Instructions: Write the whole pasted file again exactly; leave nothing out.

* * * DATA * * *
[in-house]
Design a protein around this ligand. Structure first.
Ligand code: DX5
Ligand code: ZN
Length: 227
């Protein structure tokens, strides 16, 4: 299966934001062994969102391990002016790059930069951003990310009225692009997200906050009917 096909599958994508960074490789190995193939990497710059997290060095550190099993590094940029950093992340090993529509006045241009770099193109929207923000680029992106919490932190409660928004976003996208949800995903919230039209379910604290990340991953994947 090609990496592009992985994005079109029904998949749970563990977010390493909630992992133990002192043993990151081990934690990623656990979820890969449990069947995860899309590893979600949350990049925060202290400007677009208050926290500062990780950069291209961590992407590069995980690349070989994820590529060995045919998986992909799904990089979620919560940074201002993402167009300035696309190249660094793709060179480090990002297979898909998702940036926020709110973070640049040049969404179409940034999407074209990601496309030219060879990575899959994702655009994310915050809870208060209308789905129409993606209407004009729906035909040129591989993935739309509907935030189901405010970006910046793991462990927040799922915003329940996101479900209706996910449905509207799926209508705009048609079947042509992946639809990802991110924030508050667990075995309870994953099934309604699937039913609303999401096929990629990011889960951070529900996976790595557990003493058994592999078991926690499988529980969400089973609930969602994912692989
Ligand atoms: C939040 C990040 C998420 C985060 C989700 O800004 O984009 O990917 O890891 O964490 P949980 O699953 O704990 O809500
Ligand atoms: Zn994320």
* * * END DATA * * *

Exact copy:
[in-house]
Design a protein around this ligand. Structure first.
Ligand code: DX5
Ligand code: ZN
Length: 227
């Protein structure tokens, strides 16, 4: 299966934001062994969102391990002016790059930069951003990310009225692009997200906050009917 096909599958994508960074490789190995193939990497710059997290060095550190099993590094940029950093992340090993529509006045241009770099193109929207923000680029992106919490932190409660928004976003996208949800995903919230039209379910604290990340991953994947 090609990496592009992985994005079109029904998949749970563990977010390493909630992992133990002192043993990151081990934690990623656990979820890969449990069947995860899309590893979600949350990049925060202290400007677009208050926290500062990780950069291209961590992407590069995980690349070989994820590529060995045919998986992909799904990089979620919560940074201002993402167009300035696309190249660094793709060179480090990002297979898909998702940036926020709110973070640049040049969404179409940034999407074209990601496309030219060879990575899959994702655009994310915050809870208060209308789905129409993606209407004009729906035909040129591989993935739309509907935030189901405010970006910046793991462990927040799922915003329940996101479900209706996910449905509207799926209508705009048609079947042509992946639809990802991110924030508050667990075995309870994953099934309604699937039913609303999401096929990629990011889960951070529900996976790595557990003493058994592999078991926690499988529980969400089973609930969602994912692989
Ligand atoms: C939040 C990040 C998420 C985060 C989700 O800004 O984009 O990917 O890891 O964490 P949980 O699953 O704990 O809500
Ligand atoms: Zn994320």